“Virtues education comes from the heart. Teachers too, must choose to learn about and develop their own virtues. We walk beside our students, listen to them, discern teachable moments in the classroom and share how we practice the virtues in our lives with truthfulness and humility.”
– Dara Feldman, The Heart of Education p. 131
Parents are the first role models for their children but, as kids get older and begin to attend school, one cannot deny the valuable role teachers play in the lives of their students. Teachers have great power to contribute to a child’s academic as well as personal wellbeing.
I spent my first years of motherhood focusing on character building at home with my young children. As they are growing up, I am interested in finding out how virtues can be extended into the classroom and/or homeschool environment. Therefore, over the past few months, I have been reading a lot about more formal styles of character education, how you can integrate values into academic pursuits, and infusing virtues into the teacher-student relationship.
One of the books I have enjoyed is The Heart of Education by Dara Feldman. The lessons within are as applicable to parenting as they are to teaching. Here is just one of the book’s many glowing reviews:
“The Heart of Education takes a sincere and insightful look at the ways we ought to be cultivating thoughtful and compassionate students in our classrooms and homes. Dara’s c
andid reflection on her own journey is a compelling example of how one person’s commitment to a promise can have such extensive and positive ripple effects across our country. I read it in a night and implemented many of the strategies for building virtues the next day. Her natural narrative around character, coupled with practical strategies for implementation, makes it a go-to manual of how we build positive habits within our young people. A must-read for those pioneering Character Education in their schools.” – Mitch Bartkiewicz, Principal, Kipp Memphis Academy Middle School
I am grateful to have had the opportunity to interview author Dara Feldman to find out more about her work.
Tell us a bit about yourself.
I am a passionate mom, educator, speaker, coach & consultant whose life purpose is to empower others to know their inherent value and help them reach their highest potential. I am humbled to say that I was honored as Disney’s 2005 Outstanding Elementary Teacher of the Year, National Association for Self Esteem’s 2009 Teacher of the Year and Maryland’s 2015 Mother of the Year. A National Board Certified Teacher in Early Childhood, I have spent 30 years in public education as a classroom teacher, instructional technology specialist and character development coach.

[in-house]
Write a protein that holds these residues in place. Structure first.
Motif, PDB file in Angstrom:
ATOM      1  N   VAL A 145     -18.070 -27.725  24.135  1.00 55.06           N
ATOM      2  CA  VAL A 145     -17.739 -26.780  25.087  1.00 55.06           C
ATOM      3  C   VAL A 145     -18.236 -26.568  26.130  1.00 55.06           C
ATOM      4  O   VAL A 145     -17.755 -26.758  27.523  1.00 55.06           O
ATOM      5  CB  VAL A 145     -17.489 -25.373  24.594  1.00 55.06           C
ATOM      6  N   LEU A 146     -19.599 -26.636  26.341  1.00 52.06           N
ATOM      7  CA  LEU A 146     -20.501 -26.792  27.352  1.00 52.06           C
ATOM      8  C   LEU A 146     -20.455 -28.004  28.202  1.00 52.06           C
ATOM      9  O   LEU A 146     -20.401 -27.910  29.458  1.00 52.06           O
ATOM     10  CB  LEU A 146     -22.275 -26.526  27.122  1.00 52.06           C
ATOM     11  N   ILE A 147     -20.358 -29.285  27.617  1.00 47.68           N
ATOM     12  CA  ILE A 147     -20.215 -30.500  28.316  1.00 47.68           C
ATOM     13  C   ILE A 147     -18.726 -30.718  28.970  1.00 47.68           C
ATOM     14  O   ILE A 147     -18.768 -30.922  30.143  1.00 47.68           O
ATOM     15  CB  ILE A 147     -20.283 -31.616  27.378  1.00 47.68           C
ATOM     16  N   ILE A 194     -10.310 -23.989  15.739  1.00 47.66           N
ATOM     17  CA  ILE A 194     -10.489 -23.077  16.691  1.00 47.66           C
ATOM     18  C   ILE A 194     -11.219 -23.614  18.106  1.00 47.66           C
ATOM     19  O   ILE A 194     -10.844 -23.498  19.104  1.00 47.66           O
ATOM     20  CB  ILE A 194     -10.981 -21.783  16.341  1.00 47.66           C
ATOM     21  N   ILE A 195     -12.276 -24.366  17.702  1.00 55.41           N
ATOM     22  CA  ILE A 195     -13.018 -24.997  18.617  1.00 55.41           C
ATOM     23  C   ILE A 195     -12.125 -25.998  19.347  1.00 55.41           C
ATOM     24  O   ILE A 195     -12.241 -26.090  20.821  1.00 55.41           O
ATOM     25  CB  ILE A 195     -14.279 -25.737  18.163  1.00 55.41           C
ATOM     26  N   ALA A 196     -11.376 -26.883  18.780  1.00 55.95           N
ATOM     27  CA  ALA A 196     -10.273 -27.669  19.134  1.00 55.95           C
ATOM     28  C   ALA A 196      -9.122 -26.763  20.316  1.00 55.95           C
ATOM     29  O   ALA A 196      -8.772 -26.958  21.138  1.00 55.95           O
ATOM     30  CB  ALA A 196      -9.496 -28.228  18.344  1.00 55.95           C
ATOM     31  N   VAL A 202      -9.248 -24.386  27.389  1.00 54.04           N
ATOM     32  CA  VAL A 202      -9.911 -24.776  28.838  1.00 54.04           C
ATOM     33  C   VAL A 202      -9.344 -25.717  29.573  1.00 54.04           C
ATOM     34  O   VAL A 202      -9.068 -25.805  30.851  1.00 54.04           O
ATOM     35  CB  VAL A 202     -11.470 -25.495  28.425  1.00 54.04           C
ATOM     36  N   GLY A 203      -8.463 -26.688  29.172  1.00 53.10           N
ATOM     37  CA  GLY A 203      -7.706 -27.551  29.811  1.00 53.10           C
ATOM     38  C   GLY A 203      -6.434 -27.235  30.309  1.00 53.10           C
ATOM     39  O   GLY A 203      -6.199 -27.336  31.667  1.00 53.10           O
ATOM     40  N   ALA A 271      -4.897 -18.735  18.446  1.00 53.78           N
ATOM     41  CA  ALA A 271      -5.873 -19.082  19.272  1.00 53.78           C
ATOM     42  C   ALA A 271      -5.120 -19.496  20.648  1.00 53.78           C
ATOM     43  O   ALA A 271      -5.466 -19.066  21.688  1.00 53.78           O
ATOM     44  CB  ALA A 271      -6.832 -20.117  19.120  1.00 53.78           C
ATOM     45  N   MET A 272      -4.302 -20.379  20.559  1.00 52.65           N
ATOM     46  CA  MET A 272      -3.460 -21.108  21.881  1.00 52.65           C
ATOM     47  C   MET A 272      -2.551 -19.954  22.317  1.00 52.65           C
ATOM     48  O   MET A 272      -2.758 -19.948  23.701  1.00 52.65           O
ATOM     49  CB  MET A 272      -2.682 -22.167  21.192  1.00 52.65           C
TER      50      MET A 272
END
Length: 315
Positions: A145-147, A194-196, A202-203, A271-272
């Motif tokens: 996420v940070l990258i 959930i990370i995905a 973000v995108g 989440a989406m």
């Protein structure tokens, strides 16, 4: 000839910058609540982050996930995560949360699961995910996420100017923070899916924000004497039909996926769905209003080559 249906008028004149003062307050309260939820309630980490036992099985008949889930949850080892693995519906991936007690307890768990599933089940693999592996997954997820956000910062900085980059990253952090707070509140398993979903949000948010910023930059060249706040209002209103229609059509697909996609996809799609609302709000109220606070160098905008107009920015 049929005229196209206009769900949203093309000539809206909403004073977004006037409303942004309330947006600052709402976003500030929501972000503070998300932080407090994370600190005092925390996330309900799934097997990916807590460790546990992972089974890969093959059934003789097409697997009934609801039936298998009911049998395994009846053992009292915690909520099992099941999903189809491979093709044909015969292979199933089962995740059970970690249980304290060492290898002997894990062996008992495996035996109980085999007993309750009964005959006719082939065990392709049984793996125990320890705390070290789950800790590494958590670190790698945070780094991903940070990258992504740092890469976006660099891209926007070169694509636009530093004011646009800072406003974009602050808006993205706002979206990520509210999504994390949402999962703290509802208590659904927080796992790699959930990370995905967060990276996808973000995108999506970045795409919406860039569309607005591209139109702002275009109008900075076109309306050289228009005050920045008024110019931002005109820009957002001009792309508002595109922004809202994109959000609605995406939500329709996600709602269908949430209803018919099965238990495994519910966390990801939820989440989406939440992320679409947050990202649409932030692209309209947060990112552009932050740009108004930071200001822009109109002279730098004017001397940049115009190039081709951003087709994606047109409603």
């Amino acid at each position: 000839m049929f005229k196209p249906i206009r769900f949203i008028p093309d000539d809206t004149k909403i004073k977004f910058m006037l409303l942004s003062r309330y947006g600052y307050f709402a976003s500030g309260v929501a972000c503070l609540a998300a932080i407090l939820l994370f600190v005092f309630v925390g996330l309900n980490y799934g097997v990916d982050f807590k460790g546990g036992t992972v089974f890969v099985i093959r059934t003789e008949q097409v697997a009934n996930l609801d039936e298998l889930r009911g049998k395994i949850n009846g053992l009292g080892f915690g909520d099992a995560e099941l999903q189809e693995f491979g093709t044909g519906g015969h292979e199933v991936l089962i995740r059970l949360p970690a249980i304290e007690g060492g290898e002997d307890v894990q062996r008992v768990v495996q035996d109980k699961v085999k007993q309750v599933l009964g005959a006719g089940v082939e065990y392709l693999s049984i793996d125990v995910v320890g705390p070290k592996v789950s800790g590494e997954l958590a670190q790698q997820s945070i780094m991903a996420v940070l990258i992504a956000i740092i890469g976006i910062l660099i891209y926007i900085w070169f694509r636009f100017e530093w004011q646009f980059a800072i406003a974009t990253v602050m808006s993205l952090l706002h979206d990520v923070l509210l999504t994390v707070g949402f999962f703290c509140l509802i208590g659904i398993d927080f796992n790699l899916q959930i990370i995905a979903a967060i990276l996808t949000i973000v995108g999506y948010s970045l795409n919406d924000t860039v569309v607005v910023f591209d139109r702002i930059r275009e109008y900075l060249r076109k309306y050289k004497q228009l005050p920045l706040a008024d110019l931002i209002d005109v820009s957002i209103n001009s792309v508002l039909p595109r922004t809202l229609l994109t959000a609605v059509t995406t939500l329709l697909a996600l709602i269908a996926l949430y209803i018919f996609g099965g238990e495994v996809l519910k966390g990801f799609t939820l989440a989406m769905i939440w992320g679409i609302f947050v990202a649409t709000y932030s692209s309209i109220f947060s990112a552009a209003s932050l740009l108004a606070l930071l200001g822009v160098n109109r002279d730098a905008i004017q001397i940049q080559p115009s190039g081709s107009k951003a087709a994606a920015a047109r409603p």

Currently, my passion is focused in the area of character development and restorative practices and I have the honor of working with students, parents, educators, businesses and communities around the globe. I am blessed with a happy marriage and two grown compassionate and service minded children. I welcome the opportunity to work with you!
Can you tell us a bit of the backstory about why you wrote The Heart of Education?
I wrote The Heart of Education for a few reasons. First, I wanted to share the power of the 5 Strategies of The Virtues Project with other parents and educators because these strategies totally transformed my life at home and in the classroom!
Second, as a workshop facilitator and keynote speaker, I can’t lock you in a room long enough to share all of the amazing research, resources, tools, tips and inspiring stories I have picked up over the past 30 years, so my book is packed with some of the most meaningful information and experiences I have learned along the way.
Finally, I wanted to help veteran teachers lose the amnesia created by this culture of high stakes testing and accountability and help them to remember why they first went into teaching. I also wanted to help up-and-coming educators maintain their idealism and commitment to this valuable profession by learning simple and powerful strategies for creating peaceful, joyful and high performing learning communities.
What do you want parents and teachers to get out of your book?
My hope is that parents and teachers will be inspired to use the virtues to see themselves and others through a more loving and compassionate lens and to apply the 5 strategies to:
– balance academic rigor & accountability with supporting needs of the Whole Child
– use language to build trust & increase hope, engagement & wellbeing
– recognize teachable moments to develop resiliency, grit & authentic self-esteem
– develop virtues based boundaries & utilize restorative justice to create safer schools & end the school-to-prison pipeline
– listen with compassionate curiosity to empower others to find clarity & create their own solutions
– increase joy, meaning and purpose through the arts, service learning & by creating a culture of mutual respect & appreciation.
Why do you think it’s so important for parents and teachers to consider these topics?
With the rapid changes in technology, we have no idea what skills, strategies and tools our children will need to be successful in school and in life over the next 5, 10, 50 years. One thing we can be sure of however is they will always need to call on their virtues, the universal positive qualities of character that will help them live a life of dignity, integrity, joy, meaning and purpose.
Thank you to Dara for sharing your story and insights with us, and for your contribution to character education around the world.
Does your child’s teacher incorporate virtues into the classroom environment? What experiences have you had with character education in schools?
I received a copy of this book to review. All opinions are my own. To read more about reviews on my website, visit this page.